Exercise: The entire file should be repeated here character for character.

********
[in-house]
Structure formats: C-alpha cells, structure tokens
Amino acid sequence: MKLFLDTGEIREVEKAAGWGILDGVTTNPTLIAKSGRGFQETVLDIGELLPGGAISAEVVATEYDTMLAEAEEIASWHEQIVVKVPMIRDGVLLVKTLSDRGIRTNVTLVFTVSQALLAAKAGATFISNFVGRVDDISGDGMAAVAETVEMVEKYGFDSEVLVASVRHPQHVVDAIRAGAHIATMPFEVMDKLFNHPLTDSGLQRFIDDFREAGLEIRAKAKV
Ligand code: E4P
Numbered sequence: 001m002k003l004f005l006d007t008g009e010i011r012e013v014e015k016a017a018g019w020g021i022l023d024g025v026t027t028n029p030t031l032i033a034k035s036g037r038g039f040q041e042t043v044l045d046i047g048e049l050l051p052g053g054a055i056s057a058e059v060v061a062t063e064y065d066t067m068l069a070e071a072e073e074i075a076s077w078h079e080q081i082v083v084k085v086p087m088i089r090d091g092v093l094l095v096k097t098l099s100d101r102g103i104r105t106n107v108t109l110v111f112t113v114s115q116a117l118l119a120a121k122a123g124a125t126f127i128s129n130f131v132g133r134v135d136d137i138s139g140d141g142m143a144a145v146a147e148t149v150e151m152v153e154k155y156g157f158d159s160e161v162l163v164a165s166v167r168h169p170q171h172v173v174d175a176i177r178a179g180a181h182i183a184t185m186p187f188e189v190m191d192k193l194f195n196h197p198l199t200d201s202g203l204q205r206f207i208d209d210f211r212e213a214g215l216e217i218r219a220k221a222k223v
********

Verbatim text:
[in-house]
Structure formats: C-alpha cells, structure tokens
Amino acid sequence: MKLFLDTGEIREVEKAAGWGILDGVTTNPTLIAKSGRGFQETVLDIGELLPGGAISAEVVATEYDTMLAEAEEIASWHEQIVVKVPMIRDGVLLVKTLSDRGIRTNVTLVFTVSQALLAAKAGATFISNFVGRVDDISGDGMAAVAETVEMVEKYGFDSEVLVASVRHPQHVVDAIRAGAHIATMPFEVMDKLFNHPLTDSGLQRFIDDFREAGLEIRAKAKV
Ligand code: E4P
Numbered sequence: 001m002k003l004f005l006d007t008g009e010i011r012e013v014e015k016a017a018g019w020g021i022l023d024g025v026t027t028n029p030t031l032i033a034k035s036g037r038g039f040q041e042t043v044l045d046i047g048e049l050l051p052g053g054a055i056s057a058e059v060v061a062t063e064y065d066t067m068l069a070e071a072e073e074i075a076s077w078h079e080q081i082v083v084k085v086p087m088i089r090d091g092v093l094l095v096k097t098l099s100d101r102g103i104r105t106n107v108t109l110v111f112t113v114s115q116a117l118l119a120a121k122a123g124a125t126f127i128s129n130f131v132g133r134v135d136d137i138s139g140d141g142m143a144a145v146a147e148t149v150e151m152v153e154k155y156g157f158d159s160e161v162l163v164a165s166v167r168h169p170q171h172v173v174d175a176i177r178a179g180a181h182i183a184t185m186p187f188e189v190m191d192k193l194f195n196h197p198l199t200d201s202g203l204q205r206f207i208d209d210f211r212e213a214g215l216e217i218r219a220k221a222k223v